Crossing the generation gap

//September 18, 2009

Crossing the generation gap

//September 18, 2009

Workshops aim to smooth relationships between older, younger workers.Keeping the lines of communication open will smooth the generation gaps that arise in the workplace, as the work/life balance desire of young workers clashes with the more traditional work styles of their older colleagues.

That was one conclusion of the panel discussion “Working Across Generations” at the J.H. Cohn Professional Women’s Program conference Thursday, in Teaneck. The program brought 180 women at the firm together for a day of workshops geared to developing women’s leadership at the Roseland-based regional accounting firm.

Mary S. Hartman, director of the Institute of Women’s Leadership at Douglass College at Rutgers University, said the message she hears from workers in their 20s is, “I love my job, but I want them to understand it isn’t my life.”

Baby boomer Marge Perry, president of the Newark-based construction company MZM, said organizations need to embrace the technology familiar to young workers, as it’s now transforming marketing. MZM hired college interns to get the company on track with social networking.

“Our business is growing very well this year because we kicked up our social networking,” she said.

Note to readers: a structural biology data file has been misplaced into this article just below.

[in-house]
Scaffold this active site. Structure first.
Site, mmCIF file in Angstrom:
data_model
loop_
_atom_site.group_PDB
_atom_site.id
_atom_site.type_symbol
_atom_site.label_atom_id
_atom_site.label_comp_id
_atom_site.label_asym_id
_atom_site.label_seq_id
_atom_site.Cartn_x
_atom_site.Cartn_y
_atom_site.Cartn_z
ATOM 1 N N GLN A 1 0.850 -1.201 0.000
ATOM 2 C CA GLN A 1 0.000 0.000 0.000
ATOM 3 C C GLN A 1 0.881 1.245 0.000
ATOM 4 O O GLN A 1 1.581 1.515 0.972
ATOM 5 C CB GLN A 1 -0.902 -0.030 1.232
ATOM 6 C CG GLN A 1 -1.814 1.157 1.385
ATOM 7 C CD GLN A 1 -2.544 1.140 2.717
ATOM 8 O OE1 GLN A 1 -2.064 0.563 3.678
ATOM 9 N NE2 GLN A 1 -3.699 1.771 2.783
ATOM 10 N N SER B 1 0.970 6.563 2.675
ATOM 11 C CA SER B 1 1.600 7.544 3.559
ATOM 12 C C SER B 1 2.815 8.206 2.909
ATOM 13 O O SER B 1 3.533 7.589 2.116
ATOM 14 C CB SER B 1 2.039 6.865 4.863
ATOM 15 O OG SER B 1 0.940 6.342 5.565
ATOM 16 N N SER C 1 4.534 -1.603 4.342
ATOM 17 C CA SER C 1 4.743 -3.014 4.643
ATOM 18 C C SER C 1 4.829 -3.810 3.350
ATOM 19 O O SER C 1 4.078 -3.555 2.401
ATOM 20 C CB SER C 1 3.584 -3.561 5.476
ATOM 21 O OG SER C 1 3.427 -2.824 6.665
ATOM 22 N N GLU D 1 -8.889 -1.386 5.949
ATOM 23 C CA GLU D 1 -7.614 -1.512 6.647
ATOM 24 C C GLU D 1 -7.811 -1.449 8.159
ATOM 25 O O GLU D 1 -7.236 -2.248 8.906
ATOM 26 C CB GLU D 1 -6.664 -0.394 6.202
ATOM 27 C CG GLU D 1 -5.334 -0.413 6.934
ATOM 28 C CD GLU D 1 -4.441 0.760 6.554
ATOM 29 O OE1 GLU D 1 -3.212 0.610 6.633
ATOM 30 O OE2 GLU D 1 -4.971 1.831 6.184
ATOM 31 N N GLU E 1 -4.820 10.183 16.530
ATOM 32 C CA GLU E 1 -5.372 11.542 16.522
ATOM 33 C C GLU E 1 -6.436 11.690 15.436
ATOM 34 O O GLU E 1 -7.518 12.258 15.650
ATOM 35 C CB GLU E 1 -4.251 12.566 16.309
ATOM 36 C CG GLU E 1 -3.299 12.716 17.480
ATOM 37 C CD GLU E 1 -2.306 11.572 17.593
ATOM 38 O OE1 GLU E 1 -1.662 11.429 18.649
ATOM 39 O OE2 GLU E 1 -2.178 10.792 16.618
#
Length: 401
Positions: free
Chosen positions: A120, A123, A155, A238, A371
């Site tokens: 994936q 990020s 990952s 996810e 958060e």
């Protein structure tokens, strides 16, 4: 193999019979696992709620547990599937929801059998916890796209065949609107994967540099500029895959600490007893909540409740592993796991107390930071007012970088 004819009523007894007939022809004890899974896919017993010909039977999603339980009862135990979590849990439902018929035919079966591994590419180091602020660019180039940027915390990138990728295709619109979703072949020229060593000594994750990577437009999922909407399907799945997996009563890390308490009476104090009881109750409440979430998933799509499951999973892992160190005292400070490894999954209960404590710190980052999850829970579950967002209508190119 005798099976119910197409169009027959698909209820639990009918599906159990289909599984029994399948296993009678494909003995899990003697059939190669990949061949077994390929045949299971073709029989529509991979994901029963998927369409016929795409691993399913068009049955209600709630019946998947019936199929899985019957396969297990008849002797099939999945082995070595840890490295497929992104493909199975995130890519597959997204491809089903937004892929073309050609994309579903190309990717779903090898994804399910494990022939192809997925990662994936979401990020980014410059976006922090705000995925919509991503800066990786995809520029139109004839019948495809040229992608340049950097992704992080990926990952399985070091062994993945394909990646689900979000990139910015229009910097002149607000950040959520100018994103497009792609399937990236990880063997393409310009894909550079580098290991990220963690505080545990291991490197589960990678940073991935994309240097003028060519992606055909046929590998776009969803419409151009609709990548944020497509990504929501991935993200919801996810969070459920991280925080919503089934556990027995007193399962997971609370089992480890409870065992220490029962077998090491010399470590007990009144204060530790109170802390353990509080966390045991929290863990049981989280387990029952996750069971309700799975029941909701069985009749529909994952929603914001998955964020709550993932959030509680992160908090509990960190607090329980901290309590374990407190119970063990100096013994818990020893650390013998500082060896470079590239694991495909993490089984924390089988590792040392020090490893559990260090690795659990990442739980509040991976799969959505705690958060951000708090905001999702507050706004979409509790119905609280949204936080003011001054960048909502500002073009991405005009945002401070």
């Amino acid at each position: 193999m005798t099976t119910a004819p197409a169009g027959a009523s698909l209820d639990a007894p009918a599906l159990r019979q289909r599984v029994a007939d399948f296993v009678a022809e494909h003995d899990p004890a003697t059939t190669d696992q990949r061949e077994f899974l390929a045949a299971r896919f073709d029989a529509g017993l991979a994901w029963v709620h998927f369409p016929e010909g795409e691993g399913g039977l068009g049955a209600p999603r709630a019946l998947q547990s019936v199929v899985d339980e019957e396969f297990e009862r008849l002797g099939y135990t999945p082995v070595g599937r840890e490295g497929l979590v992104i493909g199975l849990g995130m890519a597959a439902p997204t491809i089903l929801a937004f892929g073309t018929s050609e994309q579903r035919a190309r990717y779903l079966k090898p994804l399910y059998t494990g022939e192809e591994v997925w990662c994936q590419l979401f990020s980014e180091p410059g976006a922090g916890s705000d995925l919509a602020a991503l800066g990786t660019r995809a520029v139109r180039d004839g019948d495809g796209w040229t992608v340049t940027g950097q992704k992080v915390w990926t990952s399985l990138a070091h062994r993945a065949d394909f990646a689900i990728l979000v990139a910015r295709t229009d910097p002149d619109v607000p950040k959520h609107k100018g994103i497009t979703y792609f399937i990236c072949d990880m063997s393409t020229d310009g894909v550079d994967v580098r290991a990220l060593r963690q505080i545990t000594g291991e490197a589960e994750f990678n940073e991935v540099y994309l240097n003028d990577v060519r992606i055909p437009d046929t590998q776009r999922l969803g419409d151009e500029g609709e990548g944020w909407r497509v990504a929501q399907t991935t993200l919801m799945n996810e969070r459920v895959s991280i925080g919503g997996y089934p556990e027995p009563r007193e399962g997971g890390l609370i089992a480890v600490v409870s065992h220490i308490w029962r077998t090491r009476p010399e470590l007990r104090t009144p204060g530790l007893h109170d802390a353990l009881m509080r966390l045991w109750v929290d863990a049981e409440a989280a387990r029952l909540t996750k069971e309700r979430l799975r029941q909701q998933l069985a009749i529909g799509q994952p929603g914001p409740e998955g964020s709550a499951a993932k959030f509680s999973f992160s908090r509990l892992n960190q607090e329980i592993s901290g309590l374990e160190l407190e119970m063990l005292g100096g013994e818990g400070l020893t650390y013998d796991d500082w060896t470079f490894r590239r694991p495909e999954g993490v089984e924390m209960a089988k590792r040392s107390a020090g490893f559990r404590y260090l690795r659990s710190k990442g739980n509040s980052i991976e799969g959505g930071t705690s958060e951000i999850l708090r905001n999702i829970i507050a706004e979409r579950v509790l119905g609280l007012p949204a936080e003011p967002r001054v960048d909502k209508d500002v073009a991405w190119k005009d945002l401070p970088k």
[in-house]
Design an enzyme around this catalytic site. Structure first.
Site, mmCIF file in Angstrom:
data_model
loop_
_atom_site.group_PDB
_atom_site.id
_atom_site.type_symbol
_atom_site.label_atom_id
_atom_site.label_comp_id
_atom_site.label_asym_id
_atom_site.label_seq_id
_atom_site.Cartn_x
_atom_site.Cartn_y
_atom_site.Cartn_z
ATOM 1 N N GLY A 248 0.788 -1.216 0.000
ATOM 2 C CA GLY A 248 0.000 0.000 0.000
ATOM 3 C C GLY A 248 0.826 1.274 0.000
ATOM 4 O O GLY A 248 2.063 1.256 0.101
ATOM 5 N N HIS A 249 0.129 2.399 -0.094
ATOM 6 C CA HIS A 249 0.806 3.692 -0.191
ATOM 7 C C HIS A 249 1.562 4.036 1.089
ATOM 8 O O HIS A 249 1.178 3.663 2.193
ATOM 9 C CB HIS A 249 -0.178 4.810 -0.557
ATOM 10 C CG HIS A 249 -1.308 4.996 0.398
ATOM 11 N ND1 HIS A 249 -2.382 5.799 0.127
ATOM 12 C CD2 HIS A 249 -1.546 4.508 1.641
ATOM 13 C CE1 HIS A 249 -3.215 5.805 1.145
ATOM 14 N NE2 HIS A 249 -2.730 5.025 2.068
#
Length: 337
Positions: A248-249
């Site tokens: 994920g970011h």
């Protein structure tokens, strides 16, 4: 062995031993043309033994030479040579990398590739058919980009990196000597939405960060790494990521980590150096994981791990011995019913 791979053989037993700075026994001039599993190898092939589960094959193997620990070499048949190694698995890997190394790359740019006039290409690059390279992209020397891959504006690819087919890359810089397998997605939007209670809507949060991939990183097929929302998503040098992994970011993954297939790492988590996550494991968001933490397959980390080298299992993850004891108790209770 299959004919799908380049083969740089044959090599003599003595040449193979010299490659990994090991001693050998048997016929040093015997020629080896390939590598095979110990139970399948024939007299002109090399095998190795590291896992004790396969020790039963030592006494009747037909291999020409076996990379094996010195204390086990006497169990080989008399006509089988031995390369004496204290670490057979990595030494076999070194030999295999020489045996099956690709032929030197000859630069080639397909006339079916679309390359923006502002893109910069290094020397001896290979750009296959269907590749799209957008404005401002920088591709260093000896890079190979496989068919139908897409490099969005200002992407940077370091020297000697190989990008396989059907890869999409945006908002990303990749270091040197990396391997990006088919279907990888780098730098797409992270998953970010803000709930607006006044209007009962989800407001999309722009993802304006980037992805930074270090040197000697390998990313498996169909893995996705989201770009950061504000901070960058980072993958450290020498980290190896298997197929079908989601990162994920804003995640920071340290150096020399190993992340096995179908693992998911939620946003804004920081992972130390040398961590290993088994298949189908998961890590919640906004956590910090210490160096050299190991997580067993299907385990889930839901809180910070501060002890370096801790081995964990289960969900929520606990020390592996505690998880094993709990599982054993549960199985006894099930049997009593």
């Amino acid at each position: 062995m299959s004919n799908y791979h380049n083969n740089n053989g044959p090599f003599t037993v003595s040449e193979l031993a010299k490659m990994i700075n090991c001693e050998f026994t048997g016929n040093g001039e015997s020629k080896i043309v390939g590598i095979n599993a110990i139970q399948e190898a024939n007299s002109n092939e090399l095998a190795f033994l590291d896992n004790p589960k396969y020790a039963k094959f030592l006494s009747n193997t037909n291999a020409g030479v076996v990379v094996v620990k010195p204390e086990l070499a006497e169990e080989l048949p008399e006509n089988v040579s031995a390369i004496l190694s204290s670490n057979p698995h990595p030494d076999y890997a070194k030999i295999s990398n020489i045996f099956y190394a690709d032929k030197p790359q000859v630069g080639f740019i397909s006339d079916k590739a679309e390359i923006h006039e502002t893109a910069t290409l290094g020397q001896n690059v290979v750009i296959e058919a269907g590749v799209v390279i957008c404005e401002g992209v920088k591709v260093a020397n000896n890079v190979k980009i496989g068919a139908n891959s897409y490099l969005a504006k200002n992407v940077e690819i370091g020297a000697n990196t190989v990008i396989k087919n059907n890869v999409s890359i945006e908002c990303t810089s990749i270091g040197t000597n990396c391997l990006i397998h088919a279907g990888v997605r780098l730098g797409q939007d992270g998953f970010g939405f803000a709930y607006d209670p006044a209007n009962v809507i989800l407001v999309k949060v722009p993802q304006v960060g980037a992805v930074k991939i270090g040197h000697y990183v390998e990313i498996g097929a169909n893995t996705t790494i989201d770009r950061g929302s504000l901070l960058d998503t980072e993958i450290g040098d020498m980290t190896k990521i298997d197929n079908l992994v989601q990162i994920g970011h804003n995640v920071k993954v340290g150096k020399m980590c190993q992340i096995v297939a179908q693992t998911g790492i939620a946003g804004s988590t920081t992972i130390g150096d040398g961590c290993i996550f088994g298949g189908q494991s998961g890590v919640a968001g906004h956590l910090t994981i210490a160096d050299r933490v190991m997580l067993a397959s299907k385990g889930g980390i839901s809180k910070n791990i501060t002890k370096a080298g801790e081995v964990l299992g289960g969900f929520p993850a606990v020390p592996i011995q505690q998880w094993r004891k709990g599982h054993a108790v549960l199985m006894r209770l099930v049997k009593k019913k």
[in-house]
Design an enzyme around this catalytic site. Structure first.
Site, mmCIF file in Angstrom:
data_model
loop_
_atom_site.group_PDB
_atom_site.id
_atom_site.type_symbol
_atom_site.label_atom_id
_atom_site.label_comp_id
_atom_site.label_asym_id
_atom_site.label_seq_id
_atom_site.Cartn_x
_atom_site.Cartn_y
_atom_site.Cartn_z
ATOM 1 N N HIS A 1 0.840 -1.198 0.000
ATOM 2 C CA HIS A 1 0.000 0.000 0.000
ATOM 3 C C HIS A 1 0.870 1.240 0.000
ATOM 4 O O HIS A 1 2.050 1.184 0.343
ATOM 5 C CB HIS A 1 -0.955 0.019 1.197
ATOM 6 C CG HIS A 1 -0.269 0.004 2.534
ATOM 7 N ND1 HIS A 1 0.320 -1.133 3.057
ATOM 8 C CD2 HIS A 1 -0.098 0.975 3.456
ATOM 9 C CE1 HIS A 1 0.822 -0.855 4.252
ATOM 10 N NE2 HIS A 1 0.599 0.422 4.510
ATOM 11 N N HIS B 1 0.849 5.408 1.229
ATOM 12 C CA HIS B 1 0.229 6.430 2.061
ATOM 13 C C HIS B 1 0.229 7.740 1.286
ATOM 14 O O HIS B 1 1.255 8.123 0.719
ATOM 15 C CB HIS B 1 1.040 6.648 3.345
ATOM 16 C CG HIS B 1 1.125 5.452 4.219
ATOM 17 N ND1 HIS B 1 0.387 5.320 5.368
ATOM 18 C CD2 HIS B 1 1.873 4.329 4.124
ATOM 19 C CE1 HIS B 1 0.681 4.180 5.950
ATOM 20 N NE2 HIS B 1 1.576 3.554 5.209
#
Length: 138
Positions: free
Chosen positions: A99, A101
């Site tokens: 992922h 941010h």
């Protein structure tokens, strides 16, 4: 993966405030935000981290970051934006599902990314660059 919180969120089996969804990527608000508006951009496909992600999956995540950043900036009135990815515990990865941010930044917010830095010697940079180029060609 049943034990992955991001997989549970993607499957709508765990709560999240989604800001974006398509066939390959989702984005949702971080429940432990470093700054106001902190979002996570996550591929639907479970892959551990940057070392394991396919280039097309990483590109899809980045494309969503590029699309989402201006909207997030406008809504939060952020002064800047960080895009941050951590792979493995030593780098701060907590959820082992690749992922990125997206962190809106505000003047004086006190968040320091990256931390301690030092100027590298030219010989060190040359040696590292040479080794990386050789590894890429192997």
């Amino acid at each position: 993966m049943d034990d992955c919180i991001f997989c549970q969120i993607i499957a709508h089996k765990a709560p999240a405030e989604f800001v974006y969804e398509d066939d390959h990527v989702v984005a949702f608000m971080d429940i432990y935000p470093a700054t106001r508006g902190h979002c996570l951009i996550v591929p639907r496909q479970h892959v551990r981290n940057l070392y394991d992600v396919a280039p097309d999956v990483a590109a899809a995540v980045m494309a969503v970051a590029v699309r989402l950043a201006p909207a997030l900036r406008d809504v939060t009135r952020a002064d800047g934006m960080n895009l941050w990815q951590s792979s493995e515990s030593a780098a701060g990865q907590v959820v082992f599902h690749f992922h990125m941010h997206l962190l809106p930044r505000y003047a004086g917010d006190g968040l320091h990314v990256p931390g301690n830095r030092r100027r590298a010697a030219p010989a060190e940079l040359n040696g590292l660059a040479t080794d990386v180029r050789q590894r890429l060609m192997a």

Lucia DiNapoli Gibbons, regional president for northern New Jersey at Wachovia, said her organization is coaching younger workers to become more conversational in their interactions with customers, while encouraging baby boomers to get comfortable with technology.

“And at the end of the day, the way to be effective is to make sure you are pairing employees so they can learn from each other — and then the sky is the limit,” she said.

Louise Mehrotra, vice president, investor relations, at Johnson & Johnson, said the company is committed to offering flexible work schedules, but employees must be flexible and willing to adapt to the needs of the business.

“Flexibility works both ways — I will be flexible with you, but you have to be flexible, also, and step up in those times when we need you,” she said. “It’s a tough message, but if you want the privileges of flexibility, you also have to step up and take the responsibility of flexibility.”

Kimberly Brandley, a partner at J.H. Cohn, said, “A common theme we’re hearing is communication. If we communicate with one another, many times the challenges can be overcome.”

E-mail Beth Fitzgerald at [email protected]